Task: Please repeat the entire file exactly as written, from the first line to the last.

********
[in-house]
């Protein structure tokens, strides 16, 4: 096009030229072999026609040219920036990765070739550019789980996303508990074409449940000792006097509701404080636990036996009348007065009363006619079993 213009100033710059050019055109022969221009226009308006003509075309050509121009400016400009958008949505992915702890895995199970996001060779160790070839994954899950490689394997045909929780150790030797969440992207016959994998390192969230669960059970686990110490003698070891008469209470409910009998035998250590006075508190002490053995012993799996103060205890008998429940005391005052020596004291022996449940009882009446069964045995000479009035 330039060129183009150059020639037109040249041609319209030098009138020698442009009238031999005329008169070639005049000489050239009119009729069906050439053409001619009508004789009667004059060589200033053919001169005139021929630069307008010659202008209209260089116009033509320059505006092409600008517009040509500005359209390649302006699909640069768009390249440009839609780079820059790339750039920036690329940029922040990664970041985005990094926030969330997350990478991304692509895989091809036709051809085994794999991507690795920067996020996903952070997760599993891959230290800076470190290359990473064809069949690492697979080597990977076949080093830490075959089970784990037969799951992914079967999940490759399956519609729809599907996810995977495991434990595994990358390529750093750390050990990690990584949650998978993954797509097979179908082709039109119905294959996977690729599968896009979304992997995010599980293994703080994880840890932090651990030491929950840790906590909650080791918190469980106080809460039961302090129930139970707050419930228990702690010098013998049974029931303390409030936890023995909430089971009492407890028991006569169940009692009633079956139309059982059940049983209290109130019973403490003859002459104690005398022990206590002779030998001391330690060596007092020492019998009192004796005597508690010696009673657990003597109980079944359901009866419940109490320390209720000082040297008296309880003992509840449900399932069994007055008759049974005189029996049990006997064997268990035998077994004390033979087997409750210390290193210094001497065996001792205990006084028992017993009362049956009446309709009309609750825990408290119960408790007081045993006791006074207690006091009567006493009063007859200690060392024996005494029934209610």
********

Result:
[in-house]
């Protein structure tokens, strides 16, 4: 096009030229072999026609040219920036990765070739550019789980996303508990074409449940000792006097509701404080636990036996009348007065009363006619079993 213009100033710059050019055109022969221009226009308006003509075309050509121009400016400009958008949505992915702890895995199970996001060779160790070839994954899950490689394997045909929780150790030797969440992207016959994998390192969230669960059970686990110490003698070891008469209470409910009998035998250590006075508190002490053995012993799996103060205890008998429940005391005052020596004291022996449940009882009446069964045995000479009035 330039060129183009150059020639037109040249041609319209030098009138020698442009009238031999005329008169070639005049000489050239009119009729069906050439053409001619009508004789009667004059060589200033053919001169005139021929630069307008010659202008209209260089116009033509320059505006092409600008517009040509500005359209390649302006699909640069768009390249440009839609780079820059790339750039920036690329940029922040990664970041985005990094926030969330997350990478991304692509895989091809036709051809085994794999991507690795920067996020996903952070997760599993891959230290800076470190290359990473064809069949690492697979080597990977076949080093830490075959089970784990037969799951992914079967999940490759399956519609729809599907996810995977495991434990595994990358390529750093750390050990990690990584949650998978993954797509097979179908082709039109119905294959996977690729599968896009979304992997995010599980293994703080994880840890932090651990030491929950840790906590909650080791918190469980106080809460039961302090129930139970707050419930228990702690010098013998049974029931303390409030936890023995909430089971009492407890028991006569169940009692009633079956139309059982059940049983209290109130019973403490003859002459104690005398022990206590002779030998001391330690060596007092020492019998009192004796005597508690010696009673657990003597109980079944359901009866419940109490320390209720000082040297008296309880003992509840449900399932069994007055008759049974005189029996049990006997064997268990035998077994004390033979087997409750210390290193210094001497065996001792205990006084028992017993009362049956009446309709009309609750825990408290119960408790007081045993006791006074207690006091009567006493009063007859200690060392024996005494029934209610």